GBC Sits on A Time Bomb
... As Discontent Grows Confusion broke out among workers of the Ghana Broadcasting Corporation on Tuesday after a planned emergency meeting to discuss the interdiction of five workers of the corporation and other matters was called off at the last minute. The order to call off the meeting according to some union sources was given by the Inspector General of Police after the GBC management told the Police that the workers had no permit to hold the gathering. Top on the agenda of the emergency meeting was the latest on the interdiction of five workers of the corporation. The order generated a heated argument between the workers and their union executives with the workers instating that the meeting be held. But JoyNews investigations revealed that GBC might be sitting on a time bomb, which is likely to explode if immediate measures are not taken to curtail the level of discontent among the working force. Snippets of conversations picked by JoyNews at the abortive meeting suggests that the workers are the least happy about what they call high handedness on the part of the Director General, Ms. Eva Lokko. The meeting was called to bring into focus a number of issues that have been going on in the state-owned broadcasting house. The issue of the interdiction of the five workers was just one out of four points on the agenda of the notice that announced the emergency meeting. The agenda included the interdiction of staff in other departments; discuss the establishment of a provident fund that has not taken off because management disagrees with the union on which insurance company to give the deal to and a discussion of the salaries and state of their Collective Bargaining Agreement. Also on the agenda however was the interdiction of the five workers and what action to take. But the meeting was called off because according to the GBC management, the union has no permission to hold the gathering. Beyond the interdiction saga, the workers at the state broadcasting corporation are not happy with the management style of the director general, Eva Lokko. The workers disagree with management on which insurance company should handle their provident fund with the management insisting on Metropolitan Insurance Company. This has led to a deadlock on the issue. The workers argue that management cannot dictate which company is selected for the fund. The chairman of the GBC branch of the Public Services Workers' Union, Steven Adovor told JoyNews that they would not compromise on their position. “The CBA requires that management sets up a provident fund for the workers but they want to determine the insurance company. They want has to choose MET Gold but we want NTHC. We don't understand. This is unusual”, he said.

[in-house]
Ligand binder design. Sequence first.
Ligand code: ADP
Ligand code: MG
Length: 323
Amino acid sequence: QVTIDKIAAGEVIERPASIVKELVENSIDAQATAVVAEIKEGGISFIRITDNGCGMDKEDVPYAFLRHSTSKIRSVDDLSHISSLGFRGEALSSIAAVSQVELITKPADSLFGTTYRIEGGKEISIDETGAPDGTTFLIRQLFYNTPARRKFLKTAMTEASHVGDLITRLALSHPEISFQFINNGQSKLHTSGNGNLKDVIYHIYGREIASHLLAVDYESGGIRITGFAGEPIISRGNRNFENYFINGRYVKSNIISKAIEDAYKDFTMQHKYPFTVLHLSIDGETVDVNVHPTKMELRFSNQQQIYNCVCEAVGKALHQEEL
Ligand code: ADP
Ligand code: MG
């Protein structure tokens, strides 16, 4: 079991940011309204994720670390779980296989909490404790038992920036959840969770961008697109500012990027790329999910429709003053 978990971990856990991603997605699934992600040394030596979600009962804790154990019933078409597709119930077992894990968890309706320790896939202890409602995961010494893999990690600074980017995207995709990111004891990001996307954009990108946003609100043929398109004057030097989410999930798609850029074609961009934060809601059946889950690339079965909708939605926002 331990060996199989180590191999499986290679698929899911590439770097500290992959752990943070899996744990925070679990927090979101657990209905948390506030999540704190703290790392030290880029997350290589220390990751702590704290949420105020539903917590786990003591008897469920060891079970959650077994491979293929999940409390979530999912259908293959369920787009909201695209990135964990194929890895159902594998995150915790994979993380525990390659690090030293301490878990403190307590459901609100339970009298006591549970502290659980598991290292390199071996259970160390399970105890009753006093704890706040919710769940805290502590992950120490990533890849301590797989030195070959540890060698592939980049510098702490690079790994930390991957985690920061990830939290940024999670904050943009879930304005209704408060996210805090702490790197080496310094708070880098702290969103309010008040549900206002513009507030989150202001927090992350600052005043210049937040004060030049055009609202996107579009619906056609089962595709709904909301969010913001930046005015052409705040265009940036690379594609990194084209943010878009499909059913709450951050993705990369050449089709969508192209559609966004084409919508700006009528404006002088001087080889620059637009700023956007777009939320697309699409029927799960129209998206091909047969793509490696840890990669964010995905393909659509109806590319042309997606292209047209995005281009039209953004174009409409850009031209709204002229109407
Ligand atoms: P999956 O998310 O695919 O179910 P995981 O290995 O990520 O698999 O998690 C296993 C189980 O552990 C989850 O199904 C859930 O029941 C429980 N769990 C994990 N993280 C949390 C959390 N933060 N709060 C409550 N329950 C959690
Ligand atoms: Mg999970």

Mr. Adovor also told JoyNews that the interdiction of the five is not the first interdiction case in recent times.
“The purpose of the meeting was to inform the rank and file on a number of things happening currently in broadcasting house. The situation where directors and assistant directors are being interdicted, where one director on leave has been asked to come back and assume assistant directorship and all that. We are not happy”, he said.
JoyNews investigations have revealed deliberate attempts to stifle initiative and gag journalists in the TV newsroom of the GBC.
Source at the newsroom say the director-general has instituted a number of polices cumulating in a situation where most of the experienced hands have been moved.
The Editor-in Chief, Lucy Banini has been transferred to a dormant position of head of production, acting news editor, Emmanuel Vogbe before his interdiction had already been transferred to Koforidua and there are rumours that head of news, Yao Dziekpor will also be transferred soon.
The news team told JoyNews that Ms. Lokko's reforms are ill timed especially when the experienced hands will be needed in the round up of the political activities.
There are similar complaints in other departments of the broadcasting house bringing memories of similar sentiments raised by the workers early this year when they staged demonstrations to demand the removal of Ms. Lokko.
Those agitations resulted in the development of bad blood between Ms. Lokko and her former deputy, Ken Amankwah.
Mr. Amankwah had written letters protesting the management style of Ms. Lokko but was asked to resign by the board of directors of the corporation.
Those sentiments were played back at today's abortive meeting with the workers demanding the resignation of the Director General.